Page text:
Blu-ray Review: ‘The Cat Returns’ & ‘Princess Mononoke’


The month of May has seen the cinematic world both celebrating and lamenting as the career of master animator Hayao Miyazaki came to an end with his skyborne swansong, The Wind Rises (2013). As the man referred to as the Japanese Walt Disney retires, attention is very much focused on the future, and past, of the magnificent Studio Ghibli. This week, thanks to StudioCanal, two of the studios previous works – one enormously well known, and the other a little less so – are receiving long-awaited Blu-ray releases. The epic masterpiece, Princess Mononoke (1997) and the charming adventure in a mysterious feline world, The Cat Returns (2002).

The Cat Returns features two characters that appeared in fantasy sequences in the imagination of the protagonist of 1995’s Whisper of the Heart, to which this acts as an indirect sequel. Now, The Baron (Cary Elwes in the English dub) and Muta (Peter Boyle) are real, and are drafted in to help a young girl, Haru (Anne Hathaway), who is being forced into marriage with the prince of the magical Cat Kingdom. It makes for thoroughly enjoyable if lightweight viewing, with one-time director Hiroyuki Morita proving a safe pair of hands. As with much of Miyazaki’s own output, the film offers a winning heroine and a joyful dip into Japanese folklore, even if it does not stand up against the studios most celebrated works. One such example is the stunning Princess Mononoke, which launched Miyazaki in the West.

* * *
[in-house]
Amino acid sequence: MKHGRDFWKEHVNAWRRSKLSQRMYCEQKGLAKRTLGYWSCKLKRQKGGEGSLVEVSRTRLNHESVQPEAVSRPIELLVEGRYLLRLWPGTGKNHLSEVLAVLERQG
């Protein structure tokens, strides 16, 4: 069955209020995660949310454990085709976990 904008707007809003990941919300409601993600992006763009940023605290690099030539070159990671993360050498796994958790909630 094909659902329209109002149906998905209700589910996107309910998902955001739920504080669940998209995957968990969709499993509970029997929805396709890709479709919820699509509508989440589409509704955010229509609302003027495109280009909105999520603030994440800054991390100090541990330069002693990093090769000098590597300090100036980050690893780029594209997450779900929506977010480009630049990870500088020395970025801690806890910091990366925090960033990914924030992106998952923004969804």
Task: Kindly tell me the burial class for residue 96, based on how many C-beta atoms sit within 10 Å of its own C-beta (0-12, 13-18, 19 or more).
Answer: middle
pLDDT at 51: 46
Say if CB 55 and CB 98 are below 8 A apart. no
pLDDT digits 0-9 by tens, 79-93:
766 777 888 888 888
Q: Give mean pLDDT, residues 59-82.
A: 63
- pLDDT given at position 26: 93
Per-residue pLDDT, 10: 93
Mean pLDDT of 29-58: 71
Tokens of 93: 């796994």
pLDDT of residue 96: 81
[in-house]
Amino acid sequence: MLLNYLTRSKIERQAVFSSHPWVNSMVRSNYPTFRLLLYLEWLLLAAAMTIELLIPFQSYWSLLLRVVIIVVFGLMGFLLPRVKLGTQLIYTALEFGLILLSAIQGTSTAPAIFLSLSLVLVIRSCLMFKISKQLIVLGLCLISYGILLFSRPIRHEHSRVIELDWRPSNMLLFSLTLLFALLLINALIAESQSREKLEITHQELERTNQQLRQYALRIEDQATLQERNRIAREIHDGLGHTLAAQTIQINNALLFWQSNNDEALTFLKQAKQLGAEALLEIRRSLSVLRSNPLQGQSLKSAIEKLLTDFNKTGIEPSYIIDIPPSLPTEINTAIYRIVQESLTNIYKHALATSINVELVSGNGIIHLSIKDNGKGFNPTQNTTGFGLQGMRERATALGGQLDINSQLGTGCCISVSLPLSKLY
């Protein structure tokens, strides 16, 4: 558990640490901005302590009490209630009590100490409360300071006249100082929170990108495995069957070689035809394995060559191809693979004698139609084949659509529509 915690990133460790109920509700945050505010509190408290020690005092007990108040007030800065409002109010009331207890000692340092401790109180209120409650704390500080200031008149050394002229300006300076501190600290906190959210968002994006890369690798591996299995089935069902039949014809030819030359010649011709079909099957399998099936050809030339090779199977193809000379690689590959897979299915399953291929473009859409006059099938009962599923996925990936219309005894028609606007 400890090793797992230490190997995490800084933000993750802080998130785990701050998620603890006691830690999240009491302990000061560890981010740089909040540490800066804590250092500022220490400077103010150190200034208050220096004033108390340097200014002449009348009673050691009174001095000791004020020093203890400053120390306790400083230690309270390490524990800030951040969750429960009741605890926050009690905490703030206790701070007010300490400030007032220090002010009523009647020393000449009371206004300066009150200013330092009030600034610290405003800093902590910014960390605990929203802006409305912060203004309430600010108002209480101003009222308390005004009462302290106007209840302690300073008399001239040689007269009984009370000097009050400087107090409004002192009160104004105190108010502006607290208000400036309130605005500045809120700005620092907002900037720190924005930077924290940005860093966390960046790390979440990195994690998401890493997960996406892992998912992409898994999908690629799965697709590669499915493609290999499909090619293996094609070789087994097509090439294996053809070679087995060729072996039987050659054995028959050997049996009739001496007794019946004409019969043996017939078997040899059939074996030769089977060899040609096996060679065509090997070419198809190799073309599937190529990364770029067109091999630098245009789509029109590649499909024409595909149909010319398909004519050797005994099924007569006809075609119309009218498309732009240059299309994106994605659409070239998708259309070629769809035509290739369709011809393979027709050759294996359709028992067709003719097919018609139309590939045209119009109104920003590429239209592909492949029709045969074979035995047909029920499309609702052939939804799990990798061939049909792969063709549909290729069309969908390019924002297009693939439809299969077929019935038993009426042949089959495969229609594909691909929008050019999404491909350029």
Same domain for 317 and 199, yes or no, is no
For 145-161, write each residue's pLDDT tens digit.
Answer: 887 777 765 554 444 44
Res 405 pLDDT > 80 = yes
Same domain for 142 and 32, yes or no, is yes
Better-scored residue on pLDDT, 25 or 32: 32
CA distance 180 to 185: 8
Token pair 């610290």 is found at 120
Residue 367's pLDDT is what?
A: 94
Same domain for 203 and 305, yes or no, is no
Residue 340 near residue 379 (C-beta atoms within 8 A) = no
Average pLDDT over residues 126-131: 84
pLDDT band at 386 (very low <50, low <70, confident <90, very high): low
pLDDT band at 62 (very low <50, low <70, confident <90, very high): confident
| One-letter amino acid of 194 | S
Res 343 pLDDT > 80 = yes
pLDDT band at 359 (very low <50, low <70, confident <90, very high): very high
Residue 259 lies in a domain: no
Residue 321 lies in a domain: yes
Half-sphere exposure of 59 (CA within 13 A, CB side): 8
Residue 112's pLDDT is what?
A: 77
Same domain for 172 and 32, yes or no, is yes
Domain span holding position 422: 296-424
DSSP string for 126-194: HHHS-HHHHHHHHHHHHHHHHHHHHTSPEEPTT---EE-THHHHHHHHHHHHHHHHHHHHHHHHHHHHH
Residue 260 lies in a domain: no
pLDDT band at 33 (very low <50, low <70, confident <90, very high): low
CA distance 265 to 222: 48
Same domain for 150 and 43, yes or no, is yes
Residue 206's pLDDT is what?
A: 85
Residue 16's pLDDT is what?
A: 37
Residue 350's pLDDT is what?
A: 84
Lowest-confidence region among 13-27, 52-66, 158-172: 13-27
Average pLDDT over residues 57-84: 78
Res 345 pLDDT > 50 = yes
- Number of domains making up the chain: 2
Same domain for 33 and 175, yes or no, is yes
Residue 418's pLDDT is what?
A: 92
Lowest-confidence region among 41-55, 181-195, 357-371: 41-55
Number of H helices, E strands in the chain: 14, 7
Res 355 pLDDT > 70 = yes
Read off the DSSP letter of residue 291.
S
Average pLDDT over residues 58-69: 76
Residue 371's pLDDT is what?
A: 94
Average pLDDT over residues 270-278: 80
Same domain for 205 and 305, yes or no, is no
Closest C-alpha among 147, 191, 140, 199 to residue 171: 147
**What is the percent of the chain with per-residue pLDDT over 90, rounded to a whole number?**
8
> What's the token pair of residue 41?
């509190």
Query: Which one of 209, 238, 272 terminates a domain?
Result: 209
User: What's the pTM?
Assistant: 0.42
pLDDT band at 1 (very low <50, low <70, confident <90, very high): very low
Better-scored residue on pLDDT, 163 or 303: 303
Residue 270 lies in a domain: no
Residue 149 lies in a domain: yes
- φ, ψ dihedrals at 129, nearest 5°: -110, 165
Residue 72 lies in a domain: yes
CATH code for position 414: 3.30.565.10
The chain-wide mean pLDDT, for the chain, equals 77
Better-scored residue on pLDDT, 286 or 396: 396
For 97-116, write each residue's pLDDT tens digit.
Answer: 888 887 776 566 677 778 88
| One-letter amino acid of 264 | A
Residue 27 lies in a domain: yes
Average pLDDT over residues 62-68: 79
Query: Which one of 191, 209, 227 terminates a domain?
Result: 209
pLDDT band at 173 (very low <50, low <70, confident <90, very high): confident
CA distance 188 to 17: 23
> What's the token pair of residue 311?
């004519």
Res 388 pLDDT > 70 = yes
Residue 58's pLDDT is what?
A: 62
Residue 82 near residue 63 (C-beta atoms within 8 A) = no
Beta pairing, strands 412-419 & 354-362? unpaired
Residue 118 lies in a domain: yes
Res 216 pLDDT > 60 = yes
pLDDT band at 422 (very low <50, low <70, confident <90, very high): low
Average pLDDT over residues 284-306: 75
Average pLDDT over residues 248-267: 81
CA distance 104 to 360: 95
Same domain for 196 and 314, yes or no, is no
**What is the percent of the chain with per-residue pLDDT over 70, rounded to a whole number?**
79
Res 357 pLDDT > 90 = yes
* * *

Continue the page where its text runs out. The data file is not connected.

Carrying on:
The unused title for the film that was preferred by its creator was ‘The Legend of Ashitaka’, and it is he that the story concerns. After a raging demon comes marauding into his village, Ashitaka (Billy Crudup) becomes infected by it, and leaves his village to seek out the source of the malady. On his travels he meets tree spirits, monks, miners and the eponymous princess, San (Claire Danes), who was raised by lupine woodland gods. This wonderful period story is brimming with many of the themes that preoccupied Miyazaki throughout his career; it is both deeply humanistic and an environmental warning. Every frame is a joy to behold, and whether it be a procession of cats winding through rural streets, or a lone tree spirit bobbling his head, the utter magic of the medium is always fully realised by Studio Ghibli’s output. Miya-san may have said “sayounara” but the films made during his time will continue to inspire and delight.

Ben Nicholson